Why animals must sleep is a mystery to scientists. But a new study suggests that a vital function of sleep is to refuel the brain.
Canadian scientists report that energy stores in the brains of rats decline when the animals are forced to stay awake and the stock rebuilds while the animals sleep. The findings support a hypothesis that dwindling energy stores in the waking brain induce sleep (SN: 5/24/97, p. 316: http://www.sciencenews.org/sn_arc97/5_24_97/fob2.htm).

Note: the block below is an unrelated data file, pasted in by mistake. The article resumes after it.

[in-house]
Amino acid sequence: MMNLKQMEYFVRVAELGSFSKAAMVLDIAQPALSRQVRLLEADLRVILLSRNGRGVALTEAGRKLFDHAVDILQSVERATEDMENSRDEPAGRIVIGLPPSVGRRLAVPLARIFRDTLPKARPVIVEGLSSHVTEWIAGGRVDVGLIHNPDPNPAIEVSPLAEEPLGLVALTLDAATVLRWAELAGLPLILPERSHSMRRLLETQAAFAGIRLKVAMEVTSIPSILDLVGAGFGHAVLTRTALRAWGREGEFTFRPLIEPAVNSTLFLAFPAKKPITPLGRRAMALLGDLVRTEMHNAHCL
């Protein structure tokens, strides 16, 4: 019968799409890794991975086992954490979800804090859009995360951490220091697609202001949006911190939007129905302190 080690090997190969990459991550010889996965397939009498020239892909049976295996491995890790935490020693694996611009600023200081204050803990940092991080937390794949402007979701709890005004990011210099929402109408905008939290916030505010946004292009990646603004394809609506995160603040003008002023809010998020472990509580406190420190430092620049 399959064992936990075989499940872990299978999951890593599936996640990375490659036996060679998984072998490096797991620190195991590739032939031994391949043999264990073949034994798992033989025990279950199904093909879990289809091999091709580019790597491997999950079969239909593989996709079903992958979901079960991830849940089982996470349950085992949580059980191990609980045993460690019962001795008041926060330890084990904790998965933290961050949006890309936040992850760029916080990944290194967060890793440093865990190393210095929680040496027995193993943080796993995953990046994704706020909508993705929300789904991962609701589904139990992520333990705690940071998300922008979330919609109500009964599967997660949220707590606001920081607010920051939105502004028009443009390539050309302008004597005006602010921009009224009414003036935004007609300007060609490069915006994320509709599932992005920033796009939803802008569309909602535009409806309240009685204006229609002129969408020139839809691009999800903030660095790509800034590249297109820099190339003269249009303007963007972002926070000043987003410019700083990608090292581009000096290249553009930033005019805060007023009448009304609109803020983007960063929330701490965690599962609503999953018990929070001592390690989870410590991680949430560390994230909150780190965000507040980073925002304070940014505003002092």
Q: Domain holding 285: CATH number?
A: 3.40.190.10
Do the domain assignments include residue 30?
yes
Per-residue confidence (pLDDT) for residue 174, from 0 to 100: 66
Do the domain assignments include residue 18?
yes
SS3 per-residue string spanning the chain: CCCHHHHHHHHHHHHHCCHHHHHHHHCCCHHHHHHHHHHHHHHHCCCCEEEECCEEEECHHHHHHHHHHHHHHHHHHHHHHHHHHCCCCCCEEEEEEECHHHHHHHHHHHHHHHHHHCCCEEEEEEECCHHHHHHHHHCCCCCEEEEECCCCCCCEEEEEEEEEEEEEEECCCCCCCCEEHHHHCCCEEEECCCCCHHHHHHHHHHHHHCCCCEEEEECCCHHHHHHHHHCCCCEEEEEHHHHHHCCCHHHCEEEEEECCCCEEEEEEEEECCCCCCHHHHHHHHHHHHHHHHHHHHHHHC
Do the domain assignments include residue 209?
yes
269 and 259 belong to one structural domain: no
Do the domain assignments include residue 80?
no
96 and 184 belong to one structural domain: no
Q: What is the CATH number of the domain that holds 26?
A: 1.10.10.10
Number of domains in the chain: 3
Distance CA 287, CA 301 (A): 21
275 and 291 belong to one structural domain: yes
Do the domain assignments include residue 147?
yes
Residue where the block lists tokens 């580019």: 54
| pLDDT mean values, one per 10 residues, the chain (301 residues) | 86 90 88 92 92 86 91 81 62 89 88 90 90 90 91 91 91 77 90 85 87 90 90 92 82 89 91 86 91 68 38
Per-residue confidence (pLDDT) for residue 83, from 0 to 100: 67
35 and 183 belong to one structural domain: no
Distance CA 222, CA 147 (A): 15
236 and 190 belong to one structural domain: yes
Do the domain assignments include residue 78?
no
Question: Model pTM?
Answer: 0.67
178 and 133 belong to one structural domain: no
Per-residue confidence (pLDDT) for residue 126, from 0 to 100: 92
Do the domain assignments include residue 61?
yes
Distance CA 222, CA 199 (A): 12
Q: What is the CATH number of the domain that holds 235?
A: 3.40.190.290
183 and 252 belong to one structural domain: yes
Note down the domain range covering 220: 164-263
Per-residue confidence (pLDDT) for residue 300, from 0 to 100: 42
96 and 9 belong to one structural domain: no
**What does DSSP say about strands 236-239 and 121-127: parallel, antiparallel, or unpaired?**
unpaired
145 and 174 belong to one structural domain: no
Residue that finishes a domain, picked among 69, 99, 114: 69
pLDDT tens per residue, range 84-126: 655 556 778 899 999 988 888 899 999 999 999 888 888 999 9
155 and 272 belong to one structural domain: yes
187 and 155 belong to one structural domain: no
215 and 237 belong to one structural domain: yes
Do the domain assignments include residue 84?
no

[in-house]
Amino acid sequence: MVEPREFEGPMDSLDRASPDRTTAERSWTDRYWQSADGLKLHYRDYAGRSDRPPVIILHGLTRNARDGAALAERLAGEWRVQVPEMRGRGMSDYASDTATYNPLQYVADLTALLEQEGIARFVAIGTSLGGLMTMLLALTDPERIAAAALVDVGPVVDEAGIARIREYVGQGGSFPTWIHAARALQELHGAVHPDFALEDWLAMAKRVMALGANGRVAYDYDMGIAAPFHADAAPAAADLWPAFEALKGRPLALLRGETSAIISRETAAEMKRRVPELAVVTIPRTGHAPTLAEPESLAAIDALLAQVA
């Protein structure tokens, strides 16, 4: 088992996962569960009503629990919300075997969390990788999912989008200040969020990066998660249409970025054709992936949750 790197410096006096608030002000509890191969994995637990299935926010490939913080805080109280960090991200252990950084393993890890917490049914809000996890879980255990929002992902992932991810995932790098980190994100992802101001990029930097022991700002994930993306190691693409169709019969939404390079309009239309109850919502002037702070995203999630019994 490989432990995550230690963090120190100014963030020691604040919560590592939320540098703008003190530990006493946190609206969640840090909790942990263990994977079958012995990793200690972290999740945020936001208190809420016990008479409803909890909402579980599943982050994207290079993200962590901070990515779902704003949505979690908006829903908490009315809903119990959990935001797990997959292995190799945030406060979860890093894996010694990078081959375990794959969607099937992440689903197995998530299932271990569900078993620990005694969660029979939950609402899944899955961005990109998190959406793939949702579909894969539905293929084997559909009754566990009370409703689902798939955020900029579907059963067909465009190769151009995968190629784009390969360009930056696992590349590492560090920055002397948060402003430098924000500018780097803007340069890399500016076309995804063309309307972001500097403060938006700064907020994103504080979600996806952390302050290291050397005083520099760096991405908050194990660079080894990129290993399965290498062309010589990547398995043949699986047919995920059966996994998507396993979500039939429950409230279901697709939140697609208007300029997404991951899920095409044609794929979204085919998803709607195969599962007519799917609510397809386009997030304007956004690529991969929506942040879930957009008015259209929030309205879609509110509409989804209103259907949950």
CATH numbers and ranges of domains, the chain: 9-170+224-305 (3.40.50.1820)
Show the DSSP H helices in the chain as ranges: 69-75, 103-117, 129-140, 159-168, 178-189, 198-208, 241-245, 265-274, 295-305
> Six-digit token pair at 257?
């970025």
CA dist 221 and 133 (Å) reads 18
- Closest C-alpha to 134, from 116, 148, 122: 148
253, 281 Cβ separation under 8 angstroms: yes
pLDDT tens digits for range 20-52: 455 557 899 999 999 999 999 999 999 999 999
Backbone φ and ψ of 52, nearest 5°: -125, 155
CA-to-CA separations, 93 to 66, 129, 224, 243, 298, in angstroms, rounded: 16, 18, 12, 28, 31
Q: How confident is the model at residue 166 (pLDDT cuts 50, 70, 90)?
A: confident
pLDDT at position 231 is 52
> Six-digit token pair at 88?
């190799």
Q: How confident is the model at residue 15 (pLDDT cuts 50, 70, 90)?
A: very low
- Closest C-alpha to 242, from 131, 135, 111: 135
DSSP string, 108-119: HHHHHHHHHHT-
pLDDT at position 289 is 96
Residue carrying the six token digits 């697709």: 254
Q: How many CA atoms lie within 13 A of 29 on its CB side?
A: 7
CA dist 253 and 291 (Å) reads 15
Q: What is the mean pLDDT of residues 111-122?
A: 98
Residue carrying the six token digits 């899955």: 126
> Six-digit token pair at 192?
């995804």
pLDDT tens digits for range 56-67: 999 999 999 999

Most past attempts to test the hypothesis failed because there was no good way to measure brain-energy stores, says Jonathan D. Geiger of the University of Manitoba in Winnipeg, a coauthor of the report. Glycogen, the complex carbohydrate that provides short-term energy storage for brain and muscle, rapidly deteriorates in tissue taken from an animal. So, scientists can't measure glycogen concentrations accurately. Geiger and his colleagues dodged this problem by applying powerful microwaves to rat brains, ki